Carmakers have announced billions of dollars of investment in US plants as they do all they can to play by Donald Trump’s rules. FCA Group has said it is prepared to shift production of heavy pick-up trucks to the US from Mexico, while Ford has cancelled a Mexican car plant at a cost of $200 million, ostensibly to please the president and convince him that it is keeping jobs in the US. However, it does not seem to matter whether the money pledged by carmakers has already been planned or announced, just so long as Trump can claim it as a personal victory.
This has led Steven Rattner, a US investor and former advisor to Obama on the auto industry to question whether Trump is really pursuing a cohesive strategy with his pithy announcements on Twitter. In an era of post-truth and ‘alternative facts’, it seems entirely possible that OEMs may be able to play to Trump’s political system with clever marketing in many cases, rather than making any demonstrable changes to their operations.
Multinationals are turning to PR advisers to help tailor their media messages to suit Donald Trump’s new political agenda. ‘The basic strategy is to look at whether you have made an announcement in the past that you can rehash’ to align with the president’s election promises, a lawyer who worked for Mr Trump during a high-profile bankruptcy case in the 1990s told the Financial Times.
‘People have understood that Donald likes to win and they need to play into that.’
For example, when Ford decided that falling small car sales in the US meant they did not need a new plant in Mexico any more, instead of saying this, they used it as a PR opportunity to please Trump. The closure was dressed up as a ‘vote of confidence’ in the president and linked to news of new jobs in the US. They were duly rewarded with a celebratory Tweet by the then President-elect, claiming credit for the ‘victory’.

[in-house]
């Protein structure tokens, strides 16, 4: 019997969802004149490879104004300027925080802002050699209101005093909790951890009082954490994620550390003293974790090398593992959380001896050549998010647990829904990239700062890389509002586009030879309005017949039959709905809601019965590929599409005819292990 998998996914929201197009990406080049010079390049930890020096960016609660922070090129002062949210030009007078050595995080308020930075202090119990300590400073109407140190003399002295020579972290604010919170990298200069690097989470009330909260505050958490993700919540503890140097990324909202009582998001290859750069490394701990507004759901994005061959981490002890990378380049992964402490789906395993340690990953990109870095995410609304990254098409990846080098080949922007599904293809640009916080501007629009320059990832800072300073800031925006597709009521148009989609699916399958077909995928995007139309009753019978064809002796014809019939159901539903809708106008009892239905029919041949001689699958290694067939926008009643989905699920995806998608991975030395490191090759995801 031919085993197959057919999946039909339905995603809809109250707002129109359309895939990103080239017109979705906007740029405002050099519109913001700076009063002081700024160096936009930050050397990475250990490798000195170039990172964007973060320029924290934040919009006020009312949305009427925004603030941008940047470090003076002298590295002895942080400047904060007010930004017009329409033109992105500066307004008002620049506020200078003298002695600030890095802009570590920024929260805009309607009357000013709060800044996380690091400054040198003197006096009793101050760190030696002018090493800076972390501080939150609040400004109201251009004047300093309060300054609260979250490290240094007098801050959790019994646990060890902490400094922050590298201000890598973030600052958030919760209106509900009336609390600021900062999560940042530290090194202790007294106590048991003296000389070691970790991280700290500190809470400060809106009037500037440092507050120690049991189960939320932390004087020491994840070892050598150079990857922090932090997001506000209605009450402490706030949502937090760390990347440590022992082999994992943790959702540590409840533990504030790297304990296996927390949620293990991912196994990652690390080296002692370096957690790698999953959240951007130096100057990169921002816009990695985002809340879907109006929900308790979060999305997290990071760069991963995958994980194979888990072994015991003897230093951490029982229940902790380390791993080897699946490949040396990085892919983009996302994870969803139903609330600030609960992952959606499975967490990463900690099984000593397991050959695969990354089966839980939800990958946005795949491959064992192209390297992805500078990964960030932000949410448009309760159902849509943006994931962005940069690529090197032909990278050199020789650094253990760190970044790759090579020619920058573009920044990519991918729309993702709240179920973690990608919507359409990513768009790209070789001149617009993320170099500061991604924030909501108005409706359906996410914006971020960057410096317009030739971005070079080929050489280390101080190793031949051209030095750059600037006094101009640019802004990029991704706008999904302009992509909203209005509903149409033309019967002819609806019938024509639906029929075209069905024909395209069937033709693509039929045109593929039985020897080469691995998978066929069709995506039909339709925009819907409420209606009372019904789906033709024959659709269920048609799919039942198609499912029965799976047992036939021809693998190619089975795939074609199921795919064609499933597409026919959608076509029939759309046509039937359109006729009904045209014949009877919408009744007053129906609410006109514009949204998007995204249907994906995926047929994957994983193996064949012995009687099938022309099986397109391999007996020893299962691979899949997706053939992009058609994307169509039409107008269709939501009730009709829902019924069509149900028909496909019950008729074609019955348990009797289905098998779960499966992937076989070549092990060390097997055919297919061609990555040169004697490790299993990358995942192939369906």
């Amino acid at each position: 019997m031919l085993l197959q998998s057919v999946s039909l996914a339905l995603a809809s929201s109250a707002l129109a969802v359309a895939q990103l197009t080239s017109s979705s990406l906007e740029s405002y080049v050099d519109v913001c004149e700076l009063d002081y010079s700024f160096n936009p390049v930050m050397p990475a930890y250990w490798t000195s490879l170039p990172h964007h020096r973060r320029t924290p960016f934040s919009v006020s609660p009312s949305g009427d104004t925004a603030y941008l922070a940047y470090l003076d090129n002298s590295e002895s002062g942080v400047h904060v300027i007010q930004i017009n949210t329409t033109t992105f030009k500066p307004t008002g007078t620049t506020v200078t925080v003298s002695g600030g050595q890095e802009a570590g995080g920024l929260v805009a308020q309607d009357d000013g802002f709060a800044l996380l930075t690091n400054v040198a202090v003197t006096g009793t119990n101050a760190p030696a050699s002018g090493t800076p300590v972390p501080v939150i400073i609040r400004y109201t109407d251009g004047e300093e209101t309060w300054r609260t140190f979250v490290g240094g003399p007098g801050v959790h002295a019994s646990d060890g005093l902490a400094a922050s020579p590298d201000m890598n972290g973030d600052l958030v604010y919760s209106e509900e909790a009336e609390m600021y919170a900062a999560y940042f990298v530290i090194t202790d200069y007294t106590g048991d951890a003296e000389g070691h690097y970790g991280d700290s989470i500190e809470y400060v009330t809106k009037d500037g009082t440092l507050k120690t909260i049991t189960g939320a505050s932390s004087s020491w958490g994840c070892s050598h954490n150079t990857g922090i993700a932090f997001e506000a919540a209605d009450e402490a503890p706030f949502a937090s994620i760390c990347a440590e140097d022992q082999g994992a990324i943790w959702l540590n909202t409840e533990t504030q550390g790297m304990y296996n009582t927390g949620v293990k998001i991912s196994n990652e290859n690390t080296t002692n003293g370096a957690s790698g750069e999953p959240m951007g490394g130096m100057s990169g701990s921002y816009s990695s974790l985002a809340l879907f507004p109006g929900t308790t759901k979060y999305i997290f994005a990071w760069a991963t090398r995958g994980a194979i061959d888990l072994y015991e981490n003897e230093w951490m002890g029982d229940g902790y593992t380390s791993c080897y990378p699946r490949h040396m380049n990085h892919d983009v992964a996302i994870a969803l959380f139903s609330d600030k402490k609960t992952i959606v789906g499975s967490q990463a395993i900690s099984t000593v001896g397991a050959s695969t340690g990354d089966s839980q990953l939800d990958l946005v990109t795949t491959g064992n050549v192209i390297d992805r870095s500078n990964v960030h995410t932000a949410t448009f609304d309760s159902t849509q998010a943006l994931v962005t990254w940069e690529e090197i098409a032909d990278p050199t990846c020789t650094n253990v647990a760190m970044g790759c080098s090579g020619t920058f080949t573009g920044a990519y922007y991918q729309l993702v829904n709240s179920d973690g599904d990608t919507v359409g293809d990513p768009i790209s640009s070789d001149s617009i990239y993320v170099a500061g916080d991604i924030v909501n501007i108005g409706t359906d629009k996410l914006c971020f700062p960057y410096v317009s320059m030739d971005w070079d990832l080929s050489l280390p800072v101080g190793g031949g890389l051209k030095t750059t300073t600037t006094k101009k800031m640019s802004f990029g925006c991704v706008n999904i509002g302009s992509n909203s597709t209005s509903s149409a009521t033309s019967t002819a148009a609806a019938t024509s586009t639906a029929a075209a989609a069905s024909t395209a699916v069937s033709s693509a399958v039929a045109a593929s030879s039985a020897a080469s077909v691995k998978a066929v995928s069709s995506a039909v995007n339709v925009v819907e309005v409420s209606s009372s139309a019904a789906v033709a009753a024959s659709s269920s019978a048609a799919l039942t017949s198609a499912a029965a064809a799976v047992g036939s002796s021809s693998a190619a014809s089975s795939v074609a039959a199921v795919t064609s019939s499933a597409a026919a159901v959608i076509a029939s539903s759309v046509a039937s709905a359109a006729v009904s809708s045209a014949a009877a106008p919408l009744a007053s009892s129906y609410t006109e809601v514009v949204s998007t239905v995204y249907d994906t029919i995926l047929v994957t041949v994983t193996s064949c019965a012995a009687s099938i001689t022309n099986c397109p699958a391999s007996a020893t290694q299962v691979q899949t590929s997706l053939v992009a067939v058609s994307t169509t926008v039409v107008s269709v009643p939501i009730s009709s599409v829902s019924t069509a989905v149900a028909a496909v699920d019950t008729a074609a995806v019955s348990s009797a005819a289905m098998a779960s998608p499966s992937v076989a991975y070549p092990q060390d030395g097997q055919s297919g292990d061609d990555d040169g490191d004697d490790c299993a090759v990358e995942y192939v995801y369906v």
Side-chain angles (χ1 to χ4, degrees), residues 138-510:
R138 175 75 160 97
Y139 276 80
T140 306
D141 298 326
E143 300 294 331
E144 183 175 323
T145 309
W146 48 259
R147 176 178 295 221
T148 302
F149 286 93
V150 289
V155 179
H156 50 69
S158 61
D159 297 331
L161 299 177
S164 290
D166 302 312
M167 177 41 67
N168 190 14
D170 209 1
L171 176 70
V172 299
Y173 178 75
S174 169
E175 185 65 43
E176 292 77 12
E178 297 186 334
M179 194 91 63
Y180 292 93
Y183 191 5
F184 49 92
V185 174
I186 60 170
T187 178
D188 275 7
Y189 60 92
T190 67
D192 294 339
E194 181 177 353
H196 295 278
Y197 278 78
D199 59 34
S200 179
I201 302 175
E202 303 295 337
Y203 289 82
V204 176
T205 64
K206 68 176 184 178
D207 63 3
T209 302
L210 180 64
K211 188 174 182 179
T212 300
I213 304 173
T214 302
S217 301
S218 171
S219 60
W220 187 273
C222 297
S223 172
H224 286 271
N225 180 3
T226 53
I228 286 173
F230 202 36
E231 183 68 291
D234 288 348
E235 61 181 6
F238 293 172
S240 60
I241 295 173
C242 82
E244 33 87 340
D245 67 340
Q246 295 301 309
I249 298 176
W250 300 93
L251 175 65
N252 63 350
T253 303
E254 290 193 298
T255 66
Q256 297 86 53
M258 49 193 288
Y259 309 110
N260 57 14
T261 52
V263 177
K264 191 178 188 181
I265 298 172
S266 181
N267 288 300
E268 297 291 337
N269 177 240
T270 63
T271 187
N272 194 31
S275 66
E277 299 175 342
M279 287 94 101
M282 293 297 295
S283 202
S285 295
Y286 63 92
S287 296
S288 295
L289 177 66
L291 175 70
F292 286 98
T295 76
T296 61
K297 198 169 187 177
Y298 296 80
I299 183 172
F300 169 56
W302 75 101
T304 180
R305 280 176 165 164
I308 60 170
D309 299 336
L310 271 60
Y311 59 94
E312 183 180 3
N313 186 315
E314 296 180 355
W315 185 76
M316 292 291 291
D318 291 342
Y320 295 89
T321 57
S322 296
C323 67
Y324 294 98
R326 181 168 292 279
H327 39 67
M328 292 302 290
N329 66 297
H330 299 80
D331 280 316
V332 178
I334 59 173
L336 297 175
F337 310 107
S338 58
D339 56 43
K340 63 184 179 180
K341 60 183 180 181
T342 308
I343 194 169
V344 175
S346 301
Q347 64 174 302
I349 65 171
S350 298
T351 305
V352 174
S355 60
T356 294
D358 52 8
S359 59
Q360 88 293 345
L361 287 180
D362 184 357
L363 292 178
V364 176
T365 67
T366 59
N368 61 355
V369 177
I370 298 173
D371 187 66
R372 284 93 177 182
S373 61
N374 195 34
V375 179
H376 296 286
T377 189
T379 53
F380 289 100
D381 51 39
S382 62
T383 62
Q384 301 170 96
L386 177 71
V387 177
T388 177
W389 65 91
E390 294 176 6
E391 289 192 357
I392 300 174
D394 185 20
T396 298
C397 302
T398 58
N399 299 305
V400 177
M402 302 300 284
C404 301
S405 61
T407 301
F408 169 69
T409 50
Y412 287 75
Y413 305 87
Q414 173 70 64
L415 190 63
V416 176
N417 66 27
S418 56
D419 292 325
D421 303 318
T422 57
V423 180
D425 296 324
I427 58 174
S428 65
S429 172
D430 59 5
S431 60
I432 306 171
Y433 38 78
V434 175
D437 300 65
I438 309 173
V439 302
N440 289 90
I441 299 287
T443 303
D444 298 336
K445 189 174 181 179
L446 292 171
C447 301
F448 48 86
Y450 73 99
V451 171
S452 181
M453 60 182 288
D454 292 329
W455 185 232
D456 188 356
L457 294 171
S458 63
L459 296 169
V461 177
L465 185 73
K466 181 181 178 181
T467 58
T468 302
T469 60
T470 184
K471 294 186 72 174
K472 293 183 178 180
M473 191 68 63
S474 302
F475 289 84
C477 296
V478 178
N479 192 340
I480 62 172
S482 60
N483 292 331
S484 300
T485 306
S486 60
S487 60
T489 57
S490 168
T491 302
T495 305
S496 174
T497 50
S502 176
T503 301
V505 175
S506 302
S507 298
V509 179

Trump likes to play at heavy politics to please his fan base. Michael Abrahams, a partner at Finsbury, outlines in his guide that companies should monitor Trump’s politics and identify what might attract the president’s attention and play into his narrative with their response – regardless of whether it is true or not.
‘Anything that can be perceived — accurately or not — as having a negative possible impact on American jobs, competitiveness, or national security is a ripe target.’
Rattner believes that Donald Trump does not understand the car industry, saying: ‘Much of what Trump says shows that he does not understand the most pressing problems in the auto industry in the US,’ adding: ‘General Motors has tried to introduce Chevrolet in Europe, but without success. Europeans just do not want to buy these cars.’ Sigmar Gabriel (SPD), Germany's outgoing Minister of Economic Affairs, has commented casually: 'The US has to build better cars.'
If Trump does not understand the car industry – or disregards the truth to boost his politics and image – then it follows that the usual arguments such as that tariffs will harm the US will not work on the new president, and OEMs instead must play by his own narrative to prevent retaliation.
Executives should keep data close at hand, including 'important facts about your US footprint — number of jobs, number of US suppliers, total capital investment,' recommends Abrahams.
Rattner concludes that the ‘irony of the policy of the new government’ is that the Trump government is unlikely to do anything to help those who elected Trump. He said: ‘People with a lower income are more likely to buy imported goods because they are cheaper. If duties are levied now, it is exactly those who are already considered to be the victims of globalisation that will be hit.’
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